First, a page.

York leaps to regional honor


The only outside noise Matt York could hear were the cheers, and that wasn’t such a bad thing.

The Poland Regional High School senior jumper had elected to wear ear plugs during competition to keep out the noise. After being diagnosed with athletic induced asthma in the preseason, it not only allowed him to monitor his health but also allowed him to focus on the task at hand.

“After the Western Maine meet, I got a pair of ear plugs so I could tune everything out and regulate my heart beat,” said York. “I was keeping track of that a little more closely by being able to hear my own heart beat, and I’d only hear the really loud cheers.”

York would hear those cheers as he jumped his way to a state title in the high jump. After finishing third last year at six feet, he jumped 6-2 this year for the Class B state title. With his second-place finish in the long jump, he was a significant part of the Knights’ seventh-place finish in Class B.

“I knew he’d be able to do great, I just didn’t know how great,” said Poland coach Rick Kramer.

York was aiming high coming into this season. Ever since jumping his height — six feet — as a sophomore during the outdoor season, he was hoping to soar to new levels. With a shot at being one of the state’s best leapers this year, he wanted to make the most of his opportunity.

“I was hoping to do the best that I could during the indoor season and then really crank it up for the outdoor,” said York. “I set my goal for 6-4, and I was thinking that if I shoot high enough, maybe I’ll get it.”

York worked diligently over the course of the season to improve his mechanics. Gradually, he began to see improvement.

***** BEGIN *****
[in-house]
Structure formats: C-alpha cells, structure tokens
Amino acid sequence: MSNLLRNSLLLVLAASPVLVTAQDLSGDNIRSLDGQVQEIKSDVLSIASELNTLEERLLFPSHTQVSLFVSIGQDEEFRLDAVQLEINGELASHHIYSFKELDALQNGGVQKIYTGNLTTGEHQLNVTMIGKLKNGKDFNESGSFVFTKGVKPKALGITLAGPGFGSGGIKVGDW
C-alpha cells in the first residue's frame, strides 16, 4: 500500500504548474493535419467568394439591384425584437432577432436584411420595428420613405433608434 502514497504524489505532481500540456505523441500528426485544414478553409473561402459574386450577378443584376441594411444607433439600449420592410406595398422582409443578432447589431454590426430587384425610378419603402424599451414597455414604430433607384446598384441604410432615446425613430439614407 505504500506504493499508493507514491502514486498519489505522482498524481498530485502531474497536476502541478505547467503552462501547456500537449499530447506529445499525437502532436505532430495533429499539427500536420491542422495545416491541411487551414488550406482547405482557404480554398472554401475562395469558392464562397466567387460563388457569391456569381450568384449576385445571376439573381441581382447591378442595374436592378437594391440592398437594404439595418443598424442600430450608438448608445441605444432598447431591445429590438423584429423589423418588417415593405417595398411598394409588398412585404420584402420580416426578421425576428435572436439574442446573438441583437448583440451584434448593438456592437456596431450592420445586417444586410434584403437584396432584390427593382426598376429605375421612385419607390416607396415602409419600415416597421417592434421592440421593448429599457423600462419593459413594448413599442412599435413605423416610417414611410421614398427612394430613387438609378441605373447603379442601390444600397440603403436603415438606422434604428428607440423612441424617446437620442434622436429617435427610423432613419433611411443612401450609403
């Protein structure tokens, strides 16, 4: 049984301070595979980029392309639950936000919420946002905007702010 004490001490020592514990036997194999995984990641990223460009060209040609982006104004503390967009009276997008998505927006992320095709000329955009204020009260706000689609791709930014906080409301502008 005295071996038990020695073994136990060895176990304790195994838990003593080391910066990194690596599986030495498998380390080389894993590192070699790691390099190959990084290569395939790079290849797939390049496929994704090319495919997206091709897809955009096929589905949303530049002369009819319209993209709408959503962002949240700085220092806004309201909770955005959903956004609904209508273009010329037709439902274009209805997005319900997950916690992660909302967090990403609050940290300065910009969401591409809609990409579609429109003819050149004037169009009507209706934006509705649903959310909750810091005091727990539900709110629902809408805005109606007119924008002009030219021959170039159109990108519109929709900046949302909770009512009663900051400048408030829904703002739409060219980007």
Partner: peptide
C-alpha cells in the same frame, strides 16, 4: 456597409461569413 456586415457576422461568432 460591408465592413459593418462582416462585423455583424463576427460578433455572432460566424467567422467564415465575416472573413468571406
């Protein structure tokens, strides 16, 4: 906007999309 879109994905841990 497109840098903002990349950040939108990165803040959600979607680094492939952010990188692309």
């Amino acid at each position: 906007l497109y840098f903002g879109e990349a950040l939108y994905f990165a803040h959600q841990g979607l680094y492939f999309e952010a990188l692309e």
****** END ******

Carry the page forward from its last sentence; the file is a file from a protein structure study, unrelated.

“I noticed that my jumping, the height itself was getting larger by a little bit,” he said. “Instead of jumping with a flat back, I started having a little more torque. My waist would get higher, and I’d be able to raise my butt a little more.”

Kramer could see York’s confidence and determination building as the season went on. He became more sure of himself and had a better sense of what he needed to do to be successful.

“It was pure determination,” said Kramer. “He knew what he was doing. He knew what height he was going to come in at. He was going to be successful at that height.”

One unexpected twist was an episode in preseason. After hyperventilating, he went to the hospital and doctors discovered the asthma. It limited what he could do for the team, but it allowed him to hone in on his specialties.

“We couldn’t push him too hard,” said Kramer. “As a coach, I want to keep him healthy. We picked two events that he could compete in and do well in.”

He entered the state meet as the first seed in the high jump and second seed in the long jump.  He jumped the 6-2 in the high jump beating out the nearest competitor’s height of 5-10.  In the long jump, he had a distance of 19-10.50, putting him second to Hermon’s Ryan Feeney with 20-5.25.

“I was happy to get 6-2 because I still had a cold,” he said. “I’d get winded real easily. I got 6-2, and I was so excited because I got first.”

York is looking into attending the University of Maine. He’s been in contact with coaches there and will be visiting a meet in Orono on Saturday. He’s hoping to study electrical engineering.

As great as York season’s ultimately was, it proved beneficial for the program as well. With Cam Woodford taking second in the shot, the Knights were able to earn 27 points. It put them seventh overall and just a three points out of the top five. York’s success and work set the tone for Poland this year and seasons to come.

“They look at him as a competitive athlete, but I think they realize that four years ago, he wasn’t as successful a jumper as he is now,” said Kramer. “He’s got a talent that was given to him naturally, but he maximized it. When kids see someone maximize his talent, it become contagious.”